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Mike Preston: Peyton Manning, one of the best, will have a lasting impact on the game

Mike Preston: Peyton Manning, one of the best, will have a lasting impact on the game
Denver Broncos quarterback Peyton Manning pauses while speaking during a news conference where he announced his retirement from professional football, in Englewood, Colo., Monday, March 7, 2016. Manning finished a record-breaking 18-year career by leading the Broncos to the team's Super Bowl 50 victory over the Carolina Panthers. (David Zalubowski / AP)
Peyton Manning announced his retirement today and I am glad his 18-year run is over. It's always a pleasure to see a star player like Manning or Ray Lewis leave the game hoisting the Super Bowl trophy because they meant so much to the game.
It was an amazing career. In today's NFL, where the coaches control everything, he was the only quarterback who still could totally control an offense. 
I didn't care for some of the gyrations and dramatics, but I loved watching him throw the football. He was one of those quarterbacks who could still deliver the long ball on a rope or throw the deep out exactly where it needed to be delivered: high, outside and tight. Manning made good receivers great and average receivers good.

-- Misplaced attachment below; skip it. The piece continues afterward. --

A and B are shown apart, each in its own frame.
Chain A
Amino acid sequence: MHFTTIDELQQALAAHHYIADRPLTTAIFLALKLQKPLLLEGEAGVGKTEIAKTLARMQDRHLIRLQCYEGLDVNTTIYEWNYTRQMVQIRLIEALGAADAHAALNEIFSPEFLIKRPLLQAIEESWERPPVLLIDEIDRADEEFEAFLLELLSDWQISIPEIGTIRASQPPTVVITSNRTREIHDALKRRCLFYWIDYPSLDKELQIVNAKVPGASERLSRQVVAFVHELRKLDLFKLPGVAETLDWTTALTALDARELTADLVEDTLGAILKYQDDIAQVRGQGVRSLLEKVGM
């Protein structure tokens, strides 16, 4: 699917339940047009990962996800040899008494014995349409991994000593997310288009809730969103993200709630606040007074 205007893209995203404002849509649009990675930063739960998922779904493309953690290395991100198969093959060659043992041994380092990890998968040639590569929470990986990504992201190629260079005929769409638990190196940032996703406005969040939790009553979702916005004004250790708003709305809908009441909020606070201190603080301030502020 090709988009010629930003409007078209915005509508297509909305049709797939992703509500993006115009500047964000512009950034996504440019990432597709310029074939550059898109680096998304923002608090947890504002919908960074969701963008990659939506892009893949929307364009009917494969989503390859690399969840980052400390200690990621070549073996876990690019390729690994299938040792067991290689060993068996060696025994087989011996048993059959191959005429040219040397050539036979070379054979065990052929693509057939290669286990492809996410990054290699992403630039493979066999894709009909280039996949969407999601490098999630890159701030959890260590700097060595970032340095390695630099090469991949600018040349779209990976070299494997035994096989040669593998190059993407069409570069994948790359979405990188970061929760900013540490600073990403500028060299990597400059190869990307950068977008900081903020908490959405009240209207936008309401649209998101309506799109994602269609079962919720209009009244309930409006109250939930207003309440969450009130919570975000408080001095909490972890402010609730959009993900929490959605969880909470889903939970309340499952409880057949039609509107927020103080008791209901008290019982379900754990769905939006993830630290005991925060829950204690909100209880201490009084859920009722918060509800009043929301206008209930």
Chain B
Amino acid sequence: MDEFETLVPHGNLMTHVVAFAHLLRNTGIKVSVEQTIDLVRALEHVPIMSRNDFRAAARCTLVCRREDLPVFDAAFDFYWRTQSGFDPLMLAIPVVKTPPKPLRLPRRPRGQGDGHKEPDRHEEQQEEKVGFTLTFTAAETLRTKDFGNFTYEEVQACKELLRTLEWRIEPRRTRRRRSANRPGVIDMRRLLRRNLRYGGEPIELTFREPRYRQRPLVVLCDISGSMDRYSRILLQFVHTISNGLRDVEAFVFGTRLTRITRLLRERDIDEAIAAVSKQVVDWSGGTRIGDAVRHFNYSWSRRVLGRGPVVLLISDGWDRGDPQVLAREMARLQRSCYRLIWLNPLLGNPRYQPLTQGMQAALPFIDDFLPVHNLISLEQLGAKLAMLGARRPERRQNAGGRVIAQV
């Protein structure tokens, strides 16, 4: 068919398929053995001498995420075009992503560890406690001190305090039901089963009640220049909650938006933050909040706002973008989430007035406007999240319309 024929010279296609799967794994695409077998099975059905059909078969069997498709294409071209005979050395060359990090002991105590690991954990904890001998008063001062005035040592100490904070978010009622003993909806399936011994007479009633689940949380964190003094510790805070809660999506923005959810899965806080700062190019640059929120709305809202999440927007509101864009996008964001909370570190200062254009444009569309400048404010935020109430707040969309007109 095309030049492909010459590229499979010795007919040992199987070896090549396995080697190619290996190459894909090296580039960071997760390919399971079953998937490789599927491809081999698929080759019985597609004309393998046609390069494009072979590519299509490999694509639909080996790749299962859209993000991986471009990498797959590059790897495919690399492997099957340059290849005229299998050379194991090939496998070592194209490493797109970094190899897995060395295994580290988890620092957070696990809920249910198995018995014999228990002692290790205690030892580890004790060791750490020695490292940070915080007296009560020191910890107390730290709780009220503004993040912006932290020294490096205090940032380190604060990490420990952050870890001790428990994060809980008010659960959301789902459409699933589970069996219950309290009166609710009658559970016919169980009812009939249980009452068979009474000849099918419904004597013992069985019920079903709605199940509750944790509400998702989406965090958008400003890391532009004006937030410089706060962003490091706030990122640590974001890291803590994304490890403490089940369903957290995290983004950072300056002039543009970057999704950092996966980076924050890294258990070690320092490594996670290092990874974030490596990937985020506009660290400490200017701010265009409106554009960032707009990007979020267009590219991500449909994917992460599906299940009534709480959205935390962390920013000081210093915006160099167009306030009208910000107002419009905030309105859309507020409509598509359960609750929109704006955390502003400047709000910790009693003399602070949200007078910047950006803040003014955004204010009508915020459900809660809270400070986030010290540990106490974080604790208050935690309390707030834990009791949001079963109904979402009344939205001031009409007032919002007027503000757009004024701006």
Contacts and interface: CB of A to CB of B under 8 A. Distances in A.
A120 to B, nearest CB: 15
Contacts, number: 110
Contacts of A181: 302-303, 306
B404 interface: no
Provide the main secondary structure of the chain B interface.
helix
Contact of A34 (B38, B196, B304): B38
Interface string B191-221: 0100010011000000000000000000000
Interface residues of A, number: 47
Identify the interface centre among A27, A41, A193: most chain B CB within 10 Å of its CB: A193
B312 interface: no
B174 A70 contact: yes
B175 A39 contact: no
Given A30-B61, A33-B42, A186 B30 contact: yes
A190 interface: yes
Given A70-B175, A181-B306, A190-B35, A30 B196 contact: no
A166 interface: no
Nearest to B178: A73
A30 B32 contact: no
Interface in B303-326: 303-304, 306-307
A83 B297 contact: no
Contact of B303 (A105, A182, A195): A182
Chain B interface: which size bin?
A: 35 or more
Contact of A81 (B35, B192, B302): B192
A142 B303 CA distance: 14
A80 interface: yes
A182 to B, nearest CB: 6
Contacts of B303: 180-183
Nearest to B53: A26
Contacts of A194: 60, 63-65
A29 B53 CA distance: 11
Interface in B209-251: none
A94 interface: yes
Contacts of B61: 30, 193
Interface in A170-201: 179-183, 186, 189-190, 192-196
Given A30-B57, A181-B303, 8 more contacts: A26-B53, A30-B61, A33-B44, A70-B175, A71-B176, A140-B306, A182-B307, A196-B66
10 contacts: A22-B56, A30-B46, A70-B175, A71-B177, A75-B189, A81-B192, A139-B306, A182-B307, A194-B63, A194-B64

Listen to his peers, and you will know the lasting impact that Manning will have on the game.  He changed the way defenses prepared and disguised schemes. Former Ravens defensive coordinator Rex Ryan talked about spending countless hours trying to draw up schemes to stop Manning. It rarely worked, and if it did, it was for only a brief period. 
We could talk about the stats, we could talk about the wins and walking out on a high note with the Super Bowl 50 championship. We could talk about how he relied on the running game and had lost his fastball over the last couple of years. We could also talk about those awful commercials.
Those areas will be addressed endlessly over the next couple of days.
But we need to address the impact of him leaving the game. The NFL is a quarterback needy league, and a great one walked away today. In a league where most quarterbacks struggle to read coverages, set protections and deliver a catchable ball, Manning was head and shoulders above the rest.  He was one of the few players I would pay money to watch every Sunday.
Canton will be calling in five years. There will always be a debate if he was the greatest, but I really don't care. To do anything in life and be one of the best at it is a great accomplishment.
I was concerned about Manning's health the last couple of years. At the end of this season, he looked in so much pain just trying to throw a short pass to the far side of the field. But I won't remember those days much, just like I don't remember John Unitas in a San Diego uniform.
I'll just remember Manning for what he was, one of the best to ever play the game, possibly the best pure thrower ever.
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